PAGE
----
Tobacco for disease of the throat.
--The Boston Medical and Surgical Journal makes the following observations in a review of Sir Benjamin Brodie
's letter in the London Times on the "Use and Abuse of Tobacco:"
There is a local effect of tobacco, when smoked, which we have not seen mentioned, and which, in a therapeutical aspect, may be of considerable importance; we refer to its action in preventing that peculiar condition of the throat, which, if neglected, is liable to terminate in follicular inflammation, or what is properly known as clergyman's sore throat.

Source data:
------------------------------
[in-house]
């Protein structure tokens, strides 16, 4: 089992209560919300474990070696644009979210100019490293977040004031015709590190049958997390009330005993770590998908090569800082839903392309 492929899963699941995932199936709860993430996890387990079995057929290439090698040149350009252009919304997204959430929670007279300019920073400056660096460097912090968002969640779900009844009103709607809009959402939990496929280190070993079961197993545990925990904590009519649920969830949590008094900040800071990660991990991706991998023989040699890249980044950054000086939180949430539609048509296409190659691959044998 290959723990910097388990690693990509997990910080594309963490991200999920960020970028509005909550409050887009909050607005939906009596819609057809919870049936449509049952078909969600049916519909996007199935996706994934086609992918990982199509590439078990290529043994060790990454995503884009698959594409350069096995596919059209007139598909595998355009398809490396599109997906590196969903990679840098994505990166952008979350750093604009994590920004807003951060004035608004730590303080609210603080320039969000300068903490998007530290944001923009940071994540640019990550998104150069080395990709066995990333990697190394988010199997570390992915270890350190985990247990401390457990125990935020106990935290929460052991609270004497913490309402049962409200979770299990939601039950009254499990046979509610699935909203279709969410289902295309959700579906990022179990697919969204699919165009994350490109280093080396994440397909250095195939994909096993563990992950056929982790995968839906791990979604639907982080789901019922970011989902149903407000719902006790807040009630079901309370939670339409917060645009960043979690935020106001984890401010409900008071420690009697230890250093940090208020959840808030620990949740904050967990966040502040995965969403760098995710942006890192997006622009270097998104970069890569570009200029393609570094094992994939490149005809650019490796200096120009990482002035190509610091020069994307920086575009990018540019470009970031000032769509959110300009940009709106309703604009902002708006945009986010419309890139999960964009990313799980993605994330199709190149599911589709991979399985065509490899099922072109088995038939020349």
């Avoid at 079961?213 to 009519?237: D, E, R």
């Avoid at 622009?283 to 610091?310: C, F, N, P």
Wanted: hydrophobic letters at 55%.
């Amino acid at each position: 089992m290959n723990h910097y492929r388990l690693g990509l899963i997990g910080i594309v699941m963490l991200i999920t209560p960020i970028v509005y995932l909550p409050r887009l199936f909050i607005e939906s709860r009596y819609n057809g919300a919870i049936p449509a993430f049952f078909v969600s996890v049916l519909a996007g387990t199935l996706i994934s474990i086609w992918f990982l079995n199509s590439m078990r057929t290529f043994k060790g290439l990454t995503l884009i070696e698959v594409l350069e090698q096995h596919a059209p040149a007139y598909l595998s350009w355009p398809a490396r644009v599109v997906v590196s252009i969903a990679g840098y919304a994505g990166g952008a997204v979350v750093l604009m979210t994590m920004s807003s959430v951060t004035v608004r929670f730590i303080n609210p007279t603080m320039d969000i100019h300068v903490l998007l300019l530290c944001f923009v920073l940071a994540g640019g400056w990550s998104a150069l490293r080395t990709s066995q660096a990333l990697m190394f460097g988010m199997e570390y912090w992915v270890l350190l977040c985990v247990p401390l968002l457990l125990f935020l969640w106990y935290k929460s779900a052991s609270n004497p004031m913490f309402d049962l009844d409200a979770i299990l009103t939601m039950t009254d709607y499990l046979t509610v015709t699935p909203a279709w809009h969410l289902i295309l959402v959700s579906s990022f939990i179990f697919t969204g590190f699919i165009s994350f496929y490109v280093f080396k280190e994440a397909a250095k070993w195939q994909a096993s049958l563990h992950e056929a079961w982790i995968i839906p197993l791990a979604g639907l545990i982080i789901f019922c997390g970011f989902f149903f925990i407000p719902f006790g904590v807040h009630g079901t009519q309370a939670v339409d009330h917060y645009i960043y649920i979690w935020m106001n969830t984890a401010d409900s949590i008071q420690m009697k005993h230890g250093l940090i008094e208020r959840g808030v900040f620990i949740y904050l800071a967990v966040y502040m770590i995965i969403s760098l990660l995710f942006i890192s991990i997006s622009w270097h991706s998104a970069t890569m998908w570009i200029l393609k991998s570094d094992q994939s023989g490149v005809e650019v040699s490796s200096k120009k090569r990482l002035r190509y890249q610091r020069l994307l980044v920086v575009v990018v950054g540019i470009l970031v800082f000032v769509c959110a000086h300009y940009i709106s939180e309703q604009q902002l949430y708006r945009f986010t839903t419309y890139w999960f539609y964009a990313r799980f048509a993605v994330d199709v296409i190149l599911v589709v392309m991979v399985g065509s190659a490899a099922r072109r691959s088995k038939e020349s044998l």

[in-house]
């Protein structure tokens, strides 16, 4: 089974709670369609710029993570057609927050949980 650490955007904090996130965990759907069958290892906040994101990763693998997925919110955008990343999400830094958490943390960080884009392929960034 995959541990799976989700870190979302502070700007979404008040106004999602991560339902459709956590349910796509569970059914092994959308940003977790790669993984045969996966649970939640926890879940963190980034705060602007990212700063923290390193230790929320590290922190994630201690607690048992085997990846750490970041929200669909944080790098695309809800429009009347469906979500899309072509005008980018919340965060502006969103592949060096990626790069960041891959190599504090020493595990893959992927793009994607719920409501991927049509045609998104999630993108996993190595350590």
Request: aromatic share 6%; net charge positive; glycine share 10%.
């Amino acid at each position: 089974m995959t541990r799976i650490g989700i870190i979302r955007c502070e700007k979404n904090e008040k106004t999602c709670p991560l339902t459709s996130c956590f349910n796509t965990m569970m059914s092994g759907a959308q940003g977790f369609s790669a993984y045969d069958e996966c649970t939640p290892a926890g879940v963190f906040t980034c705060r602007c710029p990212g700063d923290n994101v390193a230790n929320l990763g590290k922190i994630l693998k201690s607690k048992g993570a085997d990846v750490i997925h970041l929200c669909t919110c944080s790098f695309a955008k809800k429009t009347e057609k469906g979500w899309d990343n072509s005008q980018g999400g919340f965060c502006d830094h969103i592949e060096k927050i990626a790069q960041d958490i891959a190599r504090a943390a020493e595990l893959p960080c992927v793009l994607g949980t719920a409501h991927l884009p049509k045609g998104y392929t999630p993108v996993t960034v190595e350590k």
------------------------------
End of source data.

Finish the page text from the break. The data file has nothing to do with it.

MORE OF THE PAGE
It has been said that few if any instances of this affection can be found to exist in those in the habit of smoking, and we know of one or two instances where it yielded at once to the potent influence of tobacco.
It probably acts by allaying commencing irritation, which, if allowed to increase, would end in inflammation, and perhaps by counteracting any spasmodic condition of the surrounding muscles — a very natural source of trouble in this distressing disease. "